February 23, 2022

Mirror Mirror on the Wall, Whose IP Will Win It All?

An intellectual property battle among major athletic brands is brewing in the United States. Lululemon is suing Peloton. Peloton is suing Lululemon. And Nike is suing Lululemon.

In the recent claim filed in the United States District Court for The Southern District of New York, Nike alleges that Lululemon’s Mirror infringes six Nike patents, relating to among other things:

  • Prompt 2 users in different locations to compete in a challenge
  • Instruct users based on heart rate
  • Give users “streak awards” based on performance
  • Let users share their activity to social media

In response Lululemon asserts that Nike’s patents are not relevant to the Mirror and are invalid and not infringed. Invalidity defences include allegations that the Nike patents are not-patent-eligible, are anticipated, are obvious, are indefinite, fail to provide an adequate written description and/or fail to enable one of skill in the art to make and use the alleged invention described and claimed. Lululemon also asserts prosecution estoppel. The matter is in the early stages of litigation with the most recent procedural step being the filing of an amended complaint.

It does not (yet) appear that any patent disputes have been asserted by Nike against others in the workout mirror space such as Tempo Studio, Tonal, NordicTrack Vault Complete, Studio by Forme and/or Echelon Reflect.

Lululemon is on the defensive play against Nike but is playing offense in an IP dispute with Peloton.

Interestingly Lululemon and Peloton had been in a deal that ended in September 2021, whereby Peloton had been putting its brand on Lululemon made apparel. When the deal ended Peloton decided to go at it alone. The end of the relationship seems to have sparked big battles between these two big players.

In the first matter between Lululemon and Peloton, Lululemon alleges that certain Peloton leggings and sports bras infringe six of its design patents and that one Peloton-branded active wear apparel product infringes Lululemon’s trade dress rights relating to the distinctive trade dress in the design of the ALIGN pant. Lululemon also alleges passing off and unfair competition, as well as false designation of origin.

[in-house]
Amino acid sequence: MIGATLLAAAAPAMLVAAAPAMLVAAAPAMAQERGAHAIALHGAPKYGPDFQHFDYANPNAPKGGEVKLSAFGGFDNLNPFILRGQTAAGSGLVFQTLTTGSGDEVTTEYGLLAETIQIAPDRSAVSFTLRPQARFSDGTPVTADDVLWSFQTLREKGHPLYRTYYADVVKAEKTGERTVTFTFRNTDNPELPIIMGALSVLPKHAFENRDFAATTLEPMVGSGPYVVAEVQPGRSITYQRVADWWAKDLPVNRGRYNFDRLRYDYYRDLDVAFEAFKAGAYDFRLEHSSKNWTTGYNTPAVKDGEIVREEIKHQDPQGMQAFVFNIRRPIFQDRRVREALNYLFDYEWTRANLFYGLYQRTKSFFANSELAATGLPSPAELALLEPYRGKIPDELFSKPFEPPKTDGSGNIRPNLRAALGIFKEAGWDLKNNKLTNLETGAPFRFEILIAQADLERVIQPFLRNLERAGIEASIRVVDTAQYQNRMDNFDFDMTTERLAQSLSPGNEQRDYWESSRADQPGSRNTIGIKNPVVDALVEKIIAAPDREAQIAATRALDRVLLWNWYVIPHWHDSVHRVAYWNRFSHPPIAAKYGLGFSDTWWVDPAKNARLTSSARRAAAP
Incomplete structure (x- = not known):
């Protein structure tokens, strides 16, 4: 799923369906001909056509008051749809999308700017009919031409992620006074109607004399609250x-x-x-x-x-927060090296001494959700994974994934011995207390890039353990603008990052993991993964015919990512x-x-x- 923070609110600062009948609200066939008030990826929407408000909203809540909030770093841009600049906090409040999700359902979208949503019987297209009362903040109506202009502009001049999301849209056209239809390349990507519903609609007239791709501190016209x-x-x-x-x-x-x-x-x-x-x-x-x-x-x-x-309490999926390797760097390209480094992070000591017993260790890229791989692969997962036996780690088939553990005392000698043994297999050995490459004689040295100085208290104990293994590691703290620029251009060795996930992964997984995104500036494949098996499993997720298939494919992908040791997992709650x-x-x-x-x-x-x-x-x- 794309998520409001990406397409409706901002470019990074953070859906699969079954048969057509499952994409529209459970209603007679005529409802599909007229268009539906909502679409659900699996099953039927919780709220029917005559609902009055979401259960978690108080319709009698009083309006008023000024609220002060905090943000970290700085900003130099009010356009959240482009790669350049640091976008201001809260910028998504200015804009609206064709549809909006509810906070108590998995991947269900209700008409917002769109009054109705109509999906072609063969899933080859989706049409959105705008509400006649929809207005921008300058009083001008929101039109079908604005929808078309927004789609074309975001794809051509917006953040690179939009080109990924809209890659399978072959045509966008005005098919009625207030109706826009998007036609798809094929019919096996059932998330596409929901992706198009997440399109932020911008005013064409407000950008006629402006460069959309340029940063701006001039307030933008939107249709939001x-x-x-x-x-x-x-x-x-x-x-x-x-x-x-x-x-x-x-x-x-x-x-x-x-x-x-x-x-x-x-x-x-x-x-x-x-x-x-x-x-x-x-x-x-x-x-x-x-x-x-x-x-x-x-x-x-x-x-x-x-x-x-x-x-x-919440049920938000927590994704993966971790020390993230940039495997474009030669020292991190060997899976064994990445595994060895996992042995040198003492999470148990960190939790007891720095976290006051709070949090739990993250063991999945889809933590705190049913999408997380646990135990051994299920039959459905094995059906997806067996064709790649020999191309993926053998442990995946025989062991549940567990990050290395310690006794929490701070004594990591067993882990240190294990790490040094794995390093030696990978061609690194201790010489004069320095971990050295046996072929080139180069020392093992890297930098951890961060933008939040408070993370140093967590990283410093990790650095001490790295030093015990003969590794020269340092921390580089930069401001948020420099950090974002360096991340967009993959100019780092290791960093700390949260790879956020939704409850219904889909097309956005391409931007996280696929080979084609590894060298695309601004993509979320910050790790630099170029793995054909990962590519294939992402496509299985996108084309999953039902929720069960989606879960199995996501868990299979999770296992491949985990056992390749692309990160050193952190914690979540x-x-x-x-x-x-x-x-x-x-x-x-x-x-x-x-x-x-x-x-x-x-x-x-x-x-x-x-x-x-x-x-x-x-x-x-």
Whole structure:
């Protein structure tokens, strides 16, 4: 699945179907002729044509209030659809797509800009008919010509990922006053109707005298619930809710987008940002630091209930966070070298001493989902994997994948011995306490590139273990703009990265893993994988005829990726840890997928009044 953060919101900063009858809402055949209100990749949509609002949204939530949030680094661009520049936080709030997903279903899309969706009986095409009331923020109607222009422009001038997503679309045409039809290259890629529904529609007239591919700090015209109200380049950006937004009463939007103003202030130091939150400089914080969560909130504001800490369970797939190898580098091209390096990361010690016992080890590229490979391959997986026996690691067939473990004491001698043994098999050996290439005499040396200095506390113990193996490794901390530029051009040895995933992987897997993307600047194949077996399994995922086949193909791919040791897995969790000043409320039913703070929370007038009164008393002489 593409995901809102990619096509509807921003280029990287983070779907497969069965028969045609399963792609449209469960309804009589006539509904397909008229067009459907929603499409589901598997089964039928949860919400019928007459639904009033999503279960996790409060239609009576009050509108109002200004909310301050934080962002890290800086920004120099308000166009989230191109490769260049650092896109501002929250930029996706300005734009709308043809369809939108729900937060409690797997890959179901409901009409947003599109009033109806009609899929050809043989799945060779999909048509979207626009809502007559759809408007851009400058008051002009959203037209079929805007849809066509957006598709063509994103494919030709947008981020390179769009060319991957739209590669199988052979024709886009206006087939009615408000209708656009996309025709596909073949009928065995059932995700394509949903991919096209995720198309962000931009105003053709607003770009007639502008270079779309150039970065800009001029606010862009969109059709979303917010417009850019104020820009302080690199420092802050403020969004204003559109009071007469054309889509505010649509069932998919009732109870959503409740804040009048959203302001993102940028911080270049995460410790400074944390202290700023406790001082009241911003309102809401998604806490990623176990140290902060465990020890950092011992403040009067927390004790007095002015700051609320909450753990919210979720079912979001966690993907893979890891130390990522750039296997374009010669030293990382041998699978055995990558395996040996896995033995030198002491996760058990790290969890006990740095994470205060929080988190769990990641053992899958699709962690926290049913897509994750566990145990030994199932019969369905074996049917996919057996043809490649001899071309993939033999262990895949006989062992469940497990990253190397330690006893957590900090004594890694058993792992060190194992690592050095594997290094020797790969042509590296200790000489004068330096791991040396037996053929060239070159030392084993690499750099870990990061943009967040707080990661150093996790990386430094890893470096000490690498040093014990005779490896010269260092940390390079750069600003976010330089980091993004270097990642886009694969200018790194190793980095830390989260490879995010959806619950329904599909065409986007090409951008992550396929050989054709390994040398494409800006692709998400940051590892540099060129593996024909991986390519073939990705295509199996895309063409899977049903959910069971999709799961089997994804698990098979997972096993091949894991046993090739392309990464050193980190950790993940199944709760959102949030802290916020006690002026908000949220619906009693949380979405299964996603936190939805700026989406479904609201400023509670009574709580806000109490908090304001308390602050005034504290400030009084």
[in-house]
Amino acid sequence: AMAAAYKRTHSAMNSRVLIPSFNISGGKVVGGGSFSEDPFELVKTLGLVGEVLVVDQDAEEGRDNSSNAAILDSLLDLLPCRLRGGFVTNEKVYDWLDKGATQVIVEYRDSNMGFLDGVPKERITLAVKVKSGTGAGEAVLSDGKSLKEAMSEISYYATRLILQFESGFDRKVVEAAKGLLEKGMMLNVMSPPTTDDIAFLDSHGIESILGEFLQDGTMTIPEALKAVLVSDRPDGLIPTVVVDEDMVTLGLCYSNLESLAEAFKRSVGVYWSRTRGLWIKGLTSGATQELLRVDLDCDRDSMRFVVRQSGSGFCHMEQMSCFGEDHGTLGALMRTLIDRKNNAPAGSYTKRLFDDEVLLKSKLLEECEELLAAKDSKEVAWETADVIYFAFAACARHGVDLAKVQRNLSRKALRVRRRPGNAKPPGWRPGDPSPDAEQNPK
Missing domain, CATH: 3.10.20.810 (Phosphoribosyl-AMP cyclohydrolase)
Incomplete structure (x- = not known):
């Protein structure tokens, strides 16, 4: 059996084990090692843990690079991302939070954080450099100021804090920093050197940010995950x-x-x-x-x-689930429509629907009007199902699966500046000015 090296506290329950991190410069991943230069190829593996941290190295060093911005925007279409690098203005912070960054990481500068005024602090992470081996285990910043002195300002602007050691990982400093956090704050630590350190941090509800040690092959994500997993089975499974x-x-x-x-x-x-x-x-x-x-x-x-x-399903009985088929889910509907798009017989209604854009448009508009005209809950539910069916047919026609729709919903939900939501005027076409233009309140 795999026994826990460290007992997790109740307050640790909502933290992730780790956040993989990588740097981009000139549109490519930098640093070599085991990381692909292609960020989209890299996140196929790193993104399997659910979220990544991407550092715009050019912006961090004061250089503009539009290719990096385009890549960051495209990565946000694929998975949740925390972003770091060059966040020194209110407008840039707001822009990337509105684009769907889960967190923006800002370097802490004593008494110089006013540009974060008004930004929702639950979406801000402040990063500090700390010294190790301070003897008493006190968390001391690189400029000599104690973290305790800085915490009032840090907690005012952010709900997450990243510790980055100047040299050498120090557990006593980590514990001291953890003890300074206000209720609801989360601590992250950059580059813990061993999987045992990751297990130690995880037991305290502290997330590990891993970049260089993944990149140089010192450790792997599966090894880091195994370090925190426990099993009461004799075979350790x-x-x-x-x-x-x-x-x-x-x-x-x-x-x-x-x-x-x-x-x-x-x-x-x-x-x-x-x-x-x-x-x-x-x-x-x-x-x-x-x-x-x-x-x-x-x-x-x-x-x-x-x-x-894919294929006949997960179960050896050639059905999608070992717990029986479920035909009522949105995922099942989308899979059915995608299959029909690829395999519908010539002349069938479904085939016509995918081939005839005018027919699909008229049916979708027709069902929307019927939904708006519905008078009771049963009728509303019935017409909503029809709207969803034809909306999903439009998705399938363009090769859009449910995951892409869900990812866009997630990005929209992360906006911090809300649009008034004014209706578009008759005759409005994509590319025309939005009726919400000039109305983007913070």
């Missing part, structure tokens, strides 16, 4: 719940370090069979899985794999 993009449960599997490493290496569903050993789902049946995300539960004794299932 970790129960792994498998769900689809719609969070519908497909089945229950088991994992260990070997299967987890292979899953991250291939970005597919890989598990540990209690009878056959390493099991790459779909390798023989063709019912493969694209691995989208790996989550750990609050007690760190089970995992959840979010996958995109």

Peloton countersued in a separate action seeking declaratory judgment that its apparel does not infringe Lululemon’s design patents and trade dress. Peloton alleges, among other things, that Lululemon’s patents are invalid for anticipation and obviousness and are not infringed.

When players venture out of their traditional playing field these kinds of disputes are more likely to arise. Peloton is branching out into its own athletic apparel line when traditionally it has focused on athletic programing and equipment. By contrast, Lululemon is well known in the athletic wear industry, but branched out in 2020 when it purchased fitness tech company Mirror for approximately $500 million.

Perhaps not to be overlooked is the fact that like Peloton, Mirror offers live and pre-recorded at-home workouts. While Mirror is the direct focus of Lululemon’s battle with Nike, it may indirectly be contributing to the tension between Lululemon and Peloton.


At home exercise has been on the rise during the global pandemic. Athletic wear (a.k.a the new work wardrobe) is also pervasive these days. On the IP front, we have seen a general rise in public awareness of innovation and brand reputation. Protecting, enforcing, and commercializing IP is top of mind for companies across industries. Having a strong understanding of your company’s IP and your competitor’s IP makes good business sense. With all these forces coming together it should not be a surprise that some of the biggest names in the athletic goods and services industry are battling it out in court.

Mirror mirror on the wall, whose IP will win it all?